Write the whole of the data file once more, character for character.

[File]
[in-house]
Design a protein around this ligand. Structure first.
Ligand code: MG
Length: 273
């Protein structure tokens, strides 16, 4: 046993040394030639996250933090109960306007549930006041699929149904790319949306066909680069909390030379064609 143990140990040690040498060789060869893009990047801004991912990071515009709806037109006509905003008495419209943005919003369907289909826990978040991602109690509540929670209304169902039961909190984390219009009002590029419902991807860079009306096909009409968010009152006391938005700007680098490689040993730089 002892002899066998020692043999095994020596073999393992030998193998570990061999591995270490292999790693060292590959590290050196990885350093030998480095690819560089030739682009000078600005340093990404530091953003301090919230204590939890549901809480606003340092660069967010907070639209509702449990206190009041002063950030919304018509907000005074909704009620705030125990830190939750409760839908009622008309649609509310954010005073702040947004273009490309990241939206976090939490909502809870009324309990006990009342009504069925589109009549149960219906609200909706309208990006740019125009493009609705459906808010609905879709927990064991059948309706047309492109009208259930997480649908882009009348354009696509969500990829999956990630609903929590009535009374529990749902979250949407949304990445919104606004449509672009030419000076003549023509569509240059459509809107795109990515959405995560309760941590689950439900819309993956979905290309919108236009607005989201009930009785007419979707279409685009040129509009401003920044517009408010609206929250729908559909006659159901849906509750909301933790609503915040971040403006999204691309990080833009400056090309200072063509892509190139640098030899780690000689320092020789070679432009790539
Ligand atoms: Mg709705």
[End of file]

[in-house]
Design a protein around this ligand. Structure first.
Ligand code: MG
Length: 273
């Protein structure tokens, strides 16, 4: 046993040394030639996250933090109960306007549930006041699929149904790319949306066909680069909390030379064609 143990140990040690040498060789060869893009990047801004991912990071515009709806037109006509905003008495419209943005919003369907289909826990978040991602109690509540929670209304169902039961909190984390219009009002590029419902991807860079009306096909009409968010009152006391938005700007680098490689040993730089 002892002899066998020692043999095994020596073999393992030998193998570990061999591995270490292999790693060292590959590290050196990885350093030998480095690819560089030739682009000078600005340093990404530091953003301090919230204590939890549901809480606003340092660069967010907070639209509702449990206190009041002063950030919304018509907000005074909704009620705030125990830190939750409760839908009622008309649609509310954010005073702040947004273009490309990241939206976090939490909502809870009324309990006990009342009504069925589109009549149960219906609200909706309208990006740019125009493009609705459906808010609905879709927990064991059948309706047309492109009208259930997480649908882009009348354009696509969500990829999956990630609903929590009535009374529990749902979250949407949304990445919104606004449509672009030419000076003549023509569509240059459509809107795109990515959405995560309760941590689950439900819309993956979905290309919108236009607005989201009930009785007419979707279409685009040129509009401003920044517009408010609206929250729908559909006659159901849906509750909301933790609503915040971040403006999204691309990080833009400056090309200072063509892509190139640098030899780690000689320092020789070679432009790539
Ligand atoms: Mg709705």